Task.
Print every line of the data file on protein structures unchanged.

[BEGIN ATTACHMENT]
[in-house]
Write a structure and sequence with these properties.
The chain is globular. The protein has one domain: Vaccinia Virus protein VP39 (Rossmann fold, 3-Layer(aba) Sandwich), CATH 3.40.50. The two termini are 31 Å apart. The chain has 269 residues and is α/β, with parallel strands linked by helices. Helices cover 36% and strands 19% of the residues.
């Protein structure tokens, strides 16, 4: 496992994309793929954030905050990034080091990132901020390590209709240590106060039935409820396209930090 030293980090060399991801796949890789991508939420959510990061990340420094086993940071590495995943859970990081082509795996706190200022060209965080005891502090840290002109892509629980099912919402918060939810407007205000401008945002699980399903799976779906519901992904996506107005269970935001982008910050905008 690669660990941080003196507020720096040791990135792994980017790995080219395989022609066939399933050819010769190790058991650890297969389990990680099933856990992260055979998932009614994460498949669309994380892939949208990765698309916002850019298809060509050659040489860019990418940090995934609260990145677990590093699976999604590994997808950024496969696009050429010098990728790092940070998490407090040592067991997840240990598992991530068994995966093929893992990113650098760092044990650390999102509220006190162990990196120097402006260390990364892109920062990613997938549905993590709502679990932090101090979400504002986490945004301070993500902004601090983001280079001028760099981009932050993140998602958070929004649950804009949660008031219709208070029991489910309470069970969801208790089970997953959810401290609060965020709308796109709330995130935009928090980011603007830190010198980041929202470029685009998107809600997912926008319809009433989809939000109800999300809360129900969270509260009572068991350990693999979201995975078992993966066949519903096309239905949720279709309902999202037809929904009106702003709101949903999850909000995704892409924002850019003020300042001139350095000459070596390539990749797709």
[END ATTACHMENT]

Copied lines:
[in-house]
Write a structure and sequence with these properties.
The chain is globular. The protein has one domain: Vaccinia Virus protein VP39 (Rossmann fold, 3-Layer(aba) Sandwich), CATH 3.40.50. The two termini are 31 Å apart. The chain has 269 residues and is α/β, with parallel strands linked by helices. Helices cover 36% and strands 19% of the residues.
């Protein structure tokens, strides 16, 4: 496992994309793929954030905050990034080091990132901020390590209709240590106060039935409820396209930090 030293980090060399991801796949890789991508939420959510990061990340420094086993940071590495995943859970990081082509795996706190200022060209965080005891502090840290002109892509629980099912919402918060939810407007205000401008945002699980399903799976779906519901992904996506107005269970935001982008910050905008 690669660990941080003196507020720096040791990135792994980017790995080219395989022609066939399933050819010769190790058991650890297969389990990680099933856990992260055979998932009614994460498949669309994380892939949208990765698309916002850019298809060509050659040489860019990418940090995934609260990145677990590093699976999604590994997808950024496969696009050429010098990728790092940070998490407090040592067991997840240990598992991530068994995966093929893992990113650098760092044990650390999102509220006190162990990196120097402006260390990364892109920062990613997938549905993590709502679990932090101090979400504002986490945004301070993500902004601090983001280079001028760099981009932050993140998602958070929004649950804009949660008031219709208070029991489910309470069970969801208790089970997953959810401290609060965020709308796109709330995130935009928090980011603007830190010198980041929202470029685009998107809600997912926008319809009433989809939000109800999300809360129900969270509260009572068991350990693999979201995975078992993966066949519903096309239905949720279709309902999202037809929904009106702003709101949903999850909000995704892409924002850019003020300042001139350095000459070596390539990749797709």